Wednesday, 4 August 2010

Elderly men in baths. There, that got your attention

The shackles were beginning to hurt my arms. Shackles should be tight, I suppose, but these were a little too tight, pulling my arms out at the sockets. Then again, I was suspended off the ground by chains, so I don't know what I was expecting. Opposite me, a demonstration of the fate that awaited me, a fate worse than death. Old age.
 Max, seated in a large bath - the sort you can imagine wealthy Victorians preparing in front of a large fire - watched me with an expression of wrinkled confusion. The tortures of this place achieved one aim, the premature aging of the innocent. While Max had been a sprightly youth not one week ago, he now resembled an elderly raisin. His shriveled countenance watched me, possibly hoping I was secretly a game of Countdown or episode of Diagnosis: Murder. But I was neither of these things. In fact, I was a man, about to be subjected to the horrors of old age while I was still in my prime. I was not a Judge Dredd Villain, I was a mostly innocent man!
 In front of me, the sinister man who had lead my capture earlier. Something about his attitude, the authority he commanded, and the colossal badge on his jacket suggested to me that he was in charge of this facility. But for now, he was content - having gloated at me a while - to leave me with Max while he prepared the aging machine.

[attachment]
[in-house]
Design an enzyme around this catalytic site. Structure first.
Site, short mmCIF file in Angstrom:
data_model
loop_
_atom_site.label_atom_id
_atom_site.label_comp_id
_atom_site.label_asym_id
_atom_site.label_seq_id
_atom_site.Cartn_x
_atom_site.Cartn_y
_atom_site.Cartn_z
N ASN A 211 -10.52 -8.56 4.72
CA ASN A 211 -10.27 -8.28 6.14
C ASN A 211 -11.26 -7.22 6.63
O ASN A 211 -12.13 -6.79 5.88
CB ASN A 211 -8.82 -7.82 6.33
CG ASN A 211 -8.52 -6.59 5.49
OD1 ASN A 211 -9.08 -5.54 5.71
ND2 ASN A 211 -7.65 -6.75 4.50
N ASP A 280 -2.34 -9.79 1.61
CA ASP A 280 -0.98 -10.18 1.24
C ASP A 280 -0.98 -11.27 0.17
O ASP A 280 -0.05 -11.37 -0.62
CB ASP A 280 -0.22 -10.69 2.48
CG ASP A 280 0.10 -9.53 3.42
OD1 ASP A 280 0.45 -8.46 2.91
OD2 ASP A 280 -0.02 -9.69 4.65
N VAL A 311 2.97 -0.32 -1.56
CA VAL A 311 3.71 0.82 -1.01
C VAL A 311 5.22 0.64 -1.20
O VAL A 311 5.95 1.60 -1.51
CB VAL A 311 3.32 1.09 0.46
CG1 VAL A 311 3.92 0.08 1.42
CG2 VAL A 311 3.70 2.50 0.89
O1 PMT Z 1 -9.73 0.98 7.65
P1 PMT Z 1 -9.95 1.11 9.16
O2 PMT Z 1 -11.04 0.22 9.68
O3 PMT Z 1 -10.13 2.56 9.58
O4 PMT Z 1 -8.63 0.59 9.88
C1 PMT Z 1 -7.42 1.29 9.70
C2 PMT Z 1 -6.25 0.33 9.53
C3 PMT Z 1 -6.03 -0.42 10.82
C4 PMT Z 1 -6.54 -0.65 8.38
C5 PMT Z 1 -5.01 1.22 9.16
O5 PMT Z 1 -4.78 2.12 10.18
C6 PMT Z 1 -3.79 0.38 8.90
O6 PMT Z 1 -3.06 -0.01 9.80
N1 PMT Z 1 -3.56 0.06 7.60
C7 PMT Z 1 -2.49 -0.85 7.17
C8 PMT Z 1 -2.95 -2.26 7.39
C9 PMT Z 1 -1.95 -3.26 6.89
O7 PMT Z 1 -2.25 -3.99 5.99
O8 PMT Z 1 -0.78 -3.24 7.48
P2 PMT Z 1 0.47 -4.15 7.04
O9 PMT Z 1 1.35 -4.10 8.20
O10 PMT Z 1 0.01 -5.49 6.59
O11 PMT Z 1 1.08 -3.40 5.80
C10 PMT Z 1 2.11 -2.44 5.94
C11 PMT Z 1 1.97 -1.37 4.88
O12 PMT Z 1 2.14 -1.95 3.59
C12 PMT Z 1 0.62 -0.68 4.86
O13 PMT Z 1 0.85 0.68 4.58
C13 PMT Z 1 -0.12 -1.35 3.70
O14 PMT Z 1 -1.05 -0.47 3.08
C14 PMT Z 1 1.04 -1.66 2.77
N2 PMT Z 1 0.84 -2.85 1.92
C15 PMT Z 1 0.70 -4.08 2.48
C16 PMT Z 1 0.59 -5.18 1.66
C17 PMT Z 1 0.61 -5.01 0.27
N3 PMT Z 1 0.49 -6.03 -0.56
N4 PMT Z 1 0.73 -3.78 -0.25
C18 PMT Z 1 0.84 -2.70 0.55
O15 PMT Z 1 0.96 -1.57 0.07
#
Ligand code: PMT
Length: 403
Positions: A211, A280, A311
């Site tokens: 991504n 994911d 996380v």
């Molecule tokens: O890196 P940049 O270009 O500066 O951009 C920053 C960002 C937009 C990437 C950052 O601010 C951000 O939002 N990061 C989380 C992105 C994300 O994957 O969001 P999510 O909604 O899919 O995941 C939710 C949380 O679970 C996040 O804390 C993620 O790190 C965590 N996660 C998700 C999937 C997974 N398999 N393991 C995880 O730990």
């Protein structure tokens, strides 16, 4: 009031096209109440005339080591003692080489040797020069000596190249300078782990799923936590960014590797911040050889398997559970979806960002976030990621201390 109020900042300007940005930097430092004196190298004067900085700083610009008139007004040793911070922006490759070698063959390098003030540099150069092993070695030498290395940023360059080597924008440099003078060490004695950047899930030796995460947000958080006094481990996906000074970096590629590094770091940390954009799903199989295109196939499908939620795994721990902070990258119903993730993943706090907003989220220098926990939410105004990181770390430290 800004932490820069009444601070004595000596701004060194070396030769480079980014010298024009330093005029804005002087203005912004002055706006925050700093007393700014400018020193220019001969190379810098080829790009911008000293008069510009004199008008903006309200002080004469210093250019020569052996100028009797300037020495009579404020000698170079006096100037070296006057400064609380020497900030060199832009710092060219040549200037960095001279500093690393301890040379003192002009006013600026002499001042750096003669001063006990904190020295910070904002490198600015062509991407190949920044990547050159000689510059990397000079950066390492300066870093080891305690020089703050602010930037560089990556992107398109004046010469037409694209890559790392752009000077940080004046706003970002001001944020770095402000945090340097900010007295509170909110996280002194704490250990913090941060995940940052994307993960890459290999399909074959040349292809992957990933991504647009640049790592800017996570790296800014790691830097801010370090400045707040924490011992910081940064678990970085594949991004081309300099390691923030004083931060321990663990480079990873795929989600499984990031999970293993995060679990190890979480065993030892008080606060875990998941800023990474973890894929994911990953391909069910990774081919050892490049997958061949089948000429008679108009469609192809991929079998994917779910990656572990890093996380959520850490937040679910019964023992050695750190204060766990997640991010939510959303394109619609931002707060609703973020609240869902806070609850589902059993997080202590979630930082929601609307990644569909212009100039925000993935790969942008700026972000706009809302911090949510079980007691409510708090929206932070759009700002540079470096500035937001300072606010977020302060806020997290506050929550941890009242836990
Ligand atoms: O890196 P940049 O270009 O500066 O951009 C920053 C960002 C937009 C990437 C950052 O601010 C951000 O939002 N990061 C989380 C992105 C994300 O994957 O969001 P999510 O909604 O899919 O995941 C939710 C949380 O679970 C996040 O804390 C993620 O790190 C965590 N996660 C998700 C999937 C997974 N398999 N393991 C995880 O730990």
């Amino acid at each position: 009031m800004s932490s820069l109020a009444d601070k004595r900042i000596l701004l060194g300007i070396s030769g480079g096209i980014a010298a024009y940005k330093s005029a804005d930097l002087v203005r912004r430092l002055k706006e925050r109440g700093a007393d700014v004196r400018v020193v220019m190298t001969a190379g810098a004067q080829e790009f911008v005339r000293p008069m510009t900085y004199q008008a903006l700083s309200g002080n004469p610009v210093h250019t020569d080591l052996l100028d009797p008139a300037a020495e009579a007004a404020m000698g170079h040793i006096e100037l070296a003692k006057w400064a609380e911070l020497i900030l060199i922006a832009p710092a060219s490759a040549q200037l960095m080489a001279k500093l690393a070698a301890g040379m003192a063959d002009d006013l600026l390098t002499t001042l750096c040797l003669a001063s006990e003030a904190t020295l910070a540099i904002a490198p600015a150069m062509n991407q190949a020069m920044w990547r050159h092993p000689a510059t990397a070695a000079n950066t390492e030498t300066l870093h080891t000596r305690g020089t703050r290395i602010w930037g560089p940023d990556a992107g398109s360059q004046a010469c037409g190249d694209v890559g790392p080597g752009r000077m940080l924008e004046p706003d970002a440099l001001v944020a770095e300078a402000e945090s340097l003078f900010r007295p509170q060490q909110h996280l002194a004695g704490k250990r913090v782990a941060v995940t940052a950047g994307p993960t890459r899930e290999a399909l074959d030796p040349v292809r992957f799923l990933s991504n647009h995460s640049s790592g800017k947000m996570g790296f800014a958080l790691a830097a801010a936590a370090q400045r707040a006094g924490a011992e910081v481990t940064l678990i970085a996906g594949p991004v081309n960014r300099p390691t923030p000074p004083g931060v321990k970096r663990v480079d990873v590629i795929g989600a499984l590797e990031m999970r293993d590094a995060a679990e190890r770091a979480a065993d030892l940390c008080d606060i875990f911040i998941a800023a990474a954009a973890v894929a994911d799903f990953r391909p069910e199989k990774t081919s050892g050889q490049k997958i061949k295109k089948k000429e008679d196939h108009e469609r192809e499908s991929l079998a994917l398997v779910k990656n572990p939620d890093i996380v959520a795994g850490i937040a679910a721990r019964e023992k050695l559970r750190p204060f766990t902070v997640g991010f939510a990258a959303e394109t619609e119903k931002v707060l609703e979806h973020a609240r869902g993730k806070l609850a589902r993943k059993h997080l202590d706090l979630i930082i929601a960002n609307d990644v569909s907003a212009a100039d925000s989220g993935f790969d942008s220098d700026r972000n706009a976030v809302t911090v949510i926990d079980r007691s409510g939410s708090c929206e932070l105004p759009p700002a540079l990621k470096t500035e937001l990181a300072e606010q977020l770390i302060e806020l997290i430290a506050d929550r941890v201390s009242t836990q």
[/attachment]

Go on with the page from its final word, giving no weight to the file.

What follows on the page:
The wrong sort of Bath
 "Max!" I cried out, hoping to stir him from his incontinence confusion. "MAX!"
 "What? Are you on my lawn? Oh, wait... I remember you... So long ago. We were... young women together?"
 "Close enough! What happened to you?"
 "Not so bad..." He replied sleepily, "Regular pills, TV, and the sponge bathes are nice. Look - I scraped the dry skin off my chest, and with some hairs, I've made a caterpillar."
 Max was right. Moulded from bluey-grey dead skin like a child would mould play-do was a small caterpillar shape. Inserted in the head were two grey head-hairs, resembling some sort of antenna. I pondered whether caterpillars actually had such antenna, but decided to ignore the subject. Dismissing what might have been Max's most disturbing creation, I continued:
 "Very nice. But how can we get out of here?"

Ominously, the door began to open.

2 comments:

Lauren said...

Paul, Did you ever think of putting Max's story into book form? It's really fun and entertaining and so, so dark.

Paul Blanchard said...

String them together, expand on them, and add more pictures of moths, that sort of thing?
I've considered it, but I have no idea how to go about it.

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